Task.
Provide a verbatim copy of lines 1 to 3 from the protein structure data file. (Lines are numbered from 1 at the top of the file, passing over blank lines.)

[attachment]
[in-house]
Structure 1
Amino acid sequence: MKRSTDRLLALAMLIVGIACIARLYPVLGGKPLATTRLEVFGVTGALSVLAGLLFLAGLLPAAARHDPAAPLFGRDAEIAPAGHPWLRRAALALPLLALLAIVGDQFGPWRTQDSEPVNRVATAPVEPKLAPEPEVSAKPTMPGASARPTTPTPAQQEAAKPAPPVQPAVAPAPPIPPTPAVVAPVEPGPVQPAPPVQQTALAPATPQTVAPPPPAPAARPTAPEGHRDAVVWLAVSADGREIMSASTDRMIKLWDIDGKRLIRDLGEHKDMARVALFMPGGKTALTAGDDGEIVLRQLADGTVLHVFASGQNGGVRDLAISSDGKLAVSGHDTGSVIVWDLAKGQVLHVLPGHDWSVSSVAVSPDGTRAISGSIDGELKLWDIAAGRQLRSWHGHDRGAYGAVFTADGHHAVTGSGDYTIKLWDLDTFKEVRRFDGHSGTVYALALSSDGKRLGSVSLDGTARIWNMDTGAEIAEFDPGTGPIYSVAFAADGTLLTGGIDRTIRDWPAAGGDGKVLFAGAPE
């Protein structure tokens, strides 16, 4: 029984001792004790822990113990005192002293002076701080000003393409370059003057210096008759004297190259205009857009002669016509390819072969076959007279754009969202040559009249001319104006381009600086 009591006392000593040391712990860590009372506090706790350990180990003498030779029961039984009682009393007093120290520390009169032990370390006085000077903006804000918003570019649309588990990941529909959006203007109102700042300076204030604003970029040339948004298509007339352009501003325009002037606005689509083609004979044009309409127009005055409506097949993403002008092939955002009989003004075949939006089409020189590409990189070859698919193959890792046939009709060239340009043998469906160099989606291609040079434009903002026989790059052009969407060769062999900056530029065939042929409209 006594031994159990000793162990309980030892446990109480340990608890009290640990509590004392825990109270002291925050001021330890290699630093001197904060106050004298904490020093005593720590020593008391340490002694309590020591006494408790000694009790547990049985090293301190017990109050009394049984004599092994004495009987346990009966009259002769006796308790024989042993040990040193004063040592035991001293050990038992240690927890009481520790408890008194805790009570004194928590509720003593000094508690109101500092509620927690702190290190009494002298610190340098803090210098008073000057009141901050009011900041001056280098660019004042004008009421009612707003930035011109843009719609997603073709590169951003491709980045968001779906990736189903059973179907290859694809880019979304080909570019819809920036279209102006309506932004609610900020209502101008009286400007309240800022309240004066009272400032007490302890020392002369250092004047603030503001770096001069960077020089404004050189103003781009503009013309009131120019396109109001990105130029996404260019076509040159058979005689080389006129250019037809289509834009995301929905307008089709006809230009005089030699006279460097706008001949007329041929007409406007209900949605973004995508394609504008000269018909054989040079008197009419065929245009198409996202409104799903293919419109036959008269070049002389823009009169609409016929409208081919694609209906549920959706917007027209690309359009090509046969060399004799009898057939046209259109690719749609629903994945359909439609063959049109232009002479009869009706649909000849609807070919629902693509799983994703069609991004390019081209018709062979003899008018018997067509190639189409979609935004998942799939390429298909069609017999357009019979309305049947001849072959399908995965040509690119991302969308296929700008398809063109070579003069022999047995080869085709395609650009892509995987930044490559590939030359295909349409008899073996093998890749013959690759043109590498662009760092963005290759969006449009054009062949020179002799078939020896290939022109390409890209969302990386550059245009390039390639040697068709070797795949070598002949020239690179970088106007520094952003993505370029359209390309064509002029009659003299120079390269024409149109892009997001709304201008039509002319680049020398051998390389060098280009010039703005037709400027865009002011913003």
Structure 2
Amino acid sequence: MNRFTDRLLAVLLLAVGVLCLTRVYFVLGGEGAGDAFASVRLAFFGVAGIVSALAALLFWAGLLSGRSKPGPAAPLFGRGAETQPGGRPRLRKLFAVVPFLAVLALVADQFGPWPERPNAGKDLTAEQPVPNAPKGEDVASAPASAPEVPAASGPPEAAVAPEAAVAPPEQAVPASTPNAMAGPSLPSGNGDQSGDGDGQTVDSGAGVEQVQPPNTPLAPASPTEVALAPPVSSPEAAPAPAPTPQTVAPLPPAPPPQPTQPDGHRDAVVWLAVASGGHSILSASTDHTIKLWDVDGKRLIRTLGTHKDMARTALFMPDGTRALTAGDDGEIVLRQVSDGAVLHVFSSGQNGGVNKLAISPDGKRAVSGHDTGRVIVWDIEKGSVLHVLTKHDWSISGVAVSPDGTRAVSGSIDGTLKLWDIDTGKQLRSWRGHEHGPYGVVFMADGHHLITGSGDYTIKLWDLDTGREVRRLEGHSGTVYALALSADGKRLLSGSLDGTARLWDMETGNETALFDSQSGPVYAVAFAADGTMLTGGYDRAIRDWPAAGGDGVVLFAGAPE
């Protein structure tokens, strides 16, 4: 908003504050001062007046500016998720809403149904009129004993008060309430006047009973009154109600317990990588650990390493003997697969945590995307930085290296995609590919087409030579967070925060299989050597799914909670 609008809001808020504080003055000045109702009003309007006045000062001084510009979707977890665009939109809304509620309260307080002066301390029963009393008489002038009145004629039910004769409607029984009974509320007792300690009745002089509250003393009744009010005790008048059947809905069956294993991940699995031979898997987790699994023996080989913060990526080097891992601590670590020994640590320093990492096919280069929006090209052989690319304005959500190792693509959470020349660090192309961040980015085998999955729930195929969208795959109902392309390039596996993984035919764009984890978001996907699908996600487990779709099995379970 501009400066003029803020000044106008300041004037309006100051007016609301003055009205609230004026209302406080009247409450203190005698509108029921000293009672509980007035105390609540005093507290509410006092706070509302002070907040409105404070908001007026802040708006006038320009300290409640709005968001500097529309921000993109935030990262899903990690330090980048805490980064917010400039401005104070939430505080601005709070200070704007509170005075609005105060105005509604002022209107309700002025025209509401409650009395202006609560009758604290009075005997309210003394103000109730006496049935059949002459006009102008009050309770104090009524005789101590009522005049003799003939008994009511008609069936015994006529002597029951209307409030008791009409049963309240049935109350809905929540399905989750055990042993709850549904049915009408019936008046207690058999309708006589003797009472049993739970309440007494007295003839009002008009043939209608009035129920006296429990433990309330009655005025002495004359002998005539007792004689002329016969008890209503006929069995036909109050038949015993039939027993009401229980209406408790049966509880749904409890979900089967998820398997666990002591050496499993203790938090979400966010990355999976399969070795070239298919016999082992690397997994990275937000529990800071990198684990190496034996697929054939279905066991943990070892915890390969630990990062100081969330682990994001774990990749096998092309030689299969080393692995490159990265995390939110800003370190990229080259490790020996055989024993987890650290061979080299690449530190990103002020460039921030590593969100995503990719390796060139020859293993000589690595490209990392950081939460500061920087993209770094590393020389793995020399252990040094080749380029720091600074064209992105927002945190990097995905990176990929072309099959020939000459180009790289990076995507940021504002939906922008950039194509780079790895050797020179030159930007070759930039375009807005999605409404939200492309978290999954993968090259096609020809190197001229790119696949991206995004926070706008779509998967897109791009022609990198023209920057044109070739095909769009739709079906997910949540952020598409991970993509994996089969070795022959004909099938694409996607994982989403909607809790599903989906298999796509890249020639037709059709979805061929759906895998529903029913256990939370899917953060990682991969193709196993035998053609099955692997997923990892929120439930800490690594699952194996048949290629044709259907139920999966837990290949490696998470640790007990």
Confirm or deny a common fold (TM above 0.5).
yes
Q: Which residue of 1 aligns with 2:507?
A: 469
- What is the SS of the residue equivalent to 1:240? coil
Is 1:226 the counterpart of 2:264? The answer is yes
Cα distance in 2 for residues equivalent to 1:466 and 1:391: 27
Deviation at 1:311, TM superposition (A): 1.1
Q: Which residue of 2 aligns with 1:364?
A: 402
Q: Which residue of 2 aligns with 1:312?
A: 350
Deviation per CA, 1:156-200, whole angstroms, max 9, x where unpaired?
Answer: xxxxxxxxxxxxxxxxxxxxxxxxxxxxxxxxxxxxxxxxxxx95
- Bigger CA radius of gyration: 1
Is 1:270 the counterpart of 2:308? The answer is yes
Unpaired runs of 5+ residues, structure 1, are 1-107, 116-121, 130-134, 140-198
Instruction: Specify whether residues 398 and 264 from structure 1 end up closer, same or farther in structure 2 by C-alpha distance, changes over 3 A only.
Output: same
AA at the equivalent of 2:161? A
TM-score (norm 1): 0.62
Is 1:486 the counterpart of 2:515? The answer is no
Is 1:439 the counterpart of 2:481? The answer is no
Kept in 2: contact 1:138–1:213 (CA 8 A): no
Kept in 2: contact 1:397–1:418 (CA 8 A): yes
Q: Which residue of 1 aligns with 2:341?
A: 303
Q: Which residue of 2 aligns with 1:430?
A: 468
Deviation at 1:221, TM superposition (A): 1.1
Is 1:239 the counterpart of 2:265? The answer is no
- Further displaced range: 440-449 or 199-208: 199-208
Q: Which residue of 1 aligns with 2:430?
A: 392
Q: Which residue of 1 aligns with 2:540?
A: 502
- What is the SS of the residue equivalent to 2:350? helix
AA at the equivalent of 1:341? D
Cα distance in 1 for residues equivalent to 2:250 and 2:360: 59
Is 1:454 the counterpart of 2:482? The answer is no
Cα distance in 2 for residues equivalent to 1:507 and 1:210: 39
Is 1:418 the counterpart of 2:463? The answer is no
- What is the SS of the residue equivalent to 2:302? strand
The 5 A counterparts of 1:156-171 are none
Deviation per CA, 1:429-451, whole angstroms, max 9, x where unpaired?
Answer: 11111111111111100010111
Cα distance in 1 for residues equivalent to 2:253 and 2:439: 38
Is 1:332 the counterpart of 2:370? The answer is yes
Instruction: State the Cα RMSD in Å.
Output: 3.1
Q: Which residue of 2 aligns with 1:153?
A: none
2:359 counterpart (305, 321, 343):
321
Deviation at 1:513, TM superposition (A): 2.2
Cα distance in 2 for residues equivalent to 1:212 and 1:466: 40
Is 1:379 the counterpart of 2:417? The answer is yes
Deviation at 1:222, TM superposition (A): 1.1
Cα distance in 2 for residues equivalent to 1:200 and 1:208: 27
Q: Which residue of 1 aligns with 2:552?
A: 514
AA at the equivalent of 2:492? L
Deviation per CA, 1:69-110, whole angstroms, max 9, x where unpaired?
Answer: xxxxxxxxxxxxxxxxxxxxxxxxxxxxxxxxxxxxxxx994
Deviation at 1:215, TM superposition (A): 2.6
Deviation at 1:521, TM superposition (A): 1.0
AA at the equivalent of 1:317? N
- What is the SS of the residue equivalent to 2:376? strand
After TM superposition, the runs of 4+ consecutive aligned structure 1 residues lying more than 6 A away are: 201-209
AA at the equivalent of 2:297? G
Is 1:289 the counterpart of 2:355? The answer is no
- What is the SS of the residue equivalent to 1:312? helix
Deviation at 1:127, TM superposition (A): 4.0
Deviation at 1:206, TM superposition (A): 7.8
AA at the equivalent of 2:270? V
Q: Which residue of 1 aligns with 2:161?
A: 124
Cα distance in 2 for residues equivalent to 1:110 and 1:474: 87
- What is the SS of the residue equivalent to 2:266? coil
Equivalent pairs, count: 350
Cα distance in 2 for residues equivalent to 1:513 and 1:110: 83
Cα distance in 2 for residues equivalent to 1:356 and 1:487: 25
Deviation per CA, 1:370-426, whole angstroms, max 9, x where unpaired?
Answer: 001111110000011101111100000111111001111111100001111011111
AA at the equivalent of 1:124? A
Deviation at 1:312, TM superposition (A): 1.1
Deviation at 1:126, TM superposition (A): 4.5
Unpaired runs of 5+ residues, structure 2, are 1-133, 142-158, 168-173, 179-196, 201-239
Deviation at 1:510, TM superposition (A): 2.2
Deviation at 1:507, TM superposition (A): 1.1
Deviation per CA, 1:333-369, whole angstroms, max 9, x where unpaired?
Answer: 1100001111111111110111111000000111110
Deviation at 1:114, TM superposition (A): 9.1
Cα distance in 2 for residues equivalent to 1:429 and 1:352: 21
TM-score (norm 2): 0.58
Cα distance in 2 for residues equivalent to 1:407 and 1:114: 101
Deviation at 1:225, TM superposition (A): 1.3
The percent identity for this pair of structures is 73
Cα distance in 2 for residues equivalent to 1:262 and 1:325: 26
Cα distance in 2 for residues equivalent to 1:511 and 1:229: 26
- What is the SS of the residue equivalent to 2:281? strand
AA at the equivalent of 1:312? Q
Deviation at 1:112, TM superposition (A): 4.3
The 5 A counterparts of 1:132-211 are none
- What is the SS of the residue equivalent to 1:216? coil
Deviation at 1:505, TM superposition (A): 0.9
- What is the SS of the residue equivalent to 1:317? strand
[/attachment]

[in-house]
Structure 1
Amino acid sequence: MKRSTDRLLALAMLIVGIACIARLYPVLGGKPLATTRLEVFGVTGALSVLAGLLFLAGLLPAAARHDPAAPLFGRDAEIAPAGHPWLRRAALALPLLALLAIVGDQFGPWRTQDSEPVNRVATAPVEPKLAPEPEVSAKPTMPGASARPTTPTPAQQEAAKPAPPVQPAVAPAPPIPPTPAVVAPVEPGPVQPAPPVQQTALAPATPQTVAPPPPAPAARPTAPEGHRDAVVWLAVSADGREIMSASTDRMIKLWDIDGKRLIRDLGEHKDMARVALFMPGGKTALTAGDDGEIVLRQLADGTVLHVFASGQNGGVRDLAISSDGKLAVSGHDTGSVIVWDLAKGQVLHVLPGHDWSVSSVAVSPDGTRAISGSIDGELKLWDIAAGRQLRSWHGHDRGAYGAVFTADGHHAVTGSGDYTIKLWDLDTFKEVRRFDGHSGTVYALALSSDGKRLGSVSLDGTARIWNMDTGAEIAEFDPGTGPIYSVAFAADGTLLTGGIDRTIRDWPAAGGDGKVLFAGAPE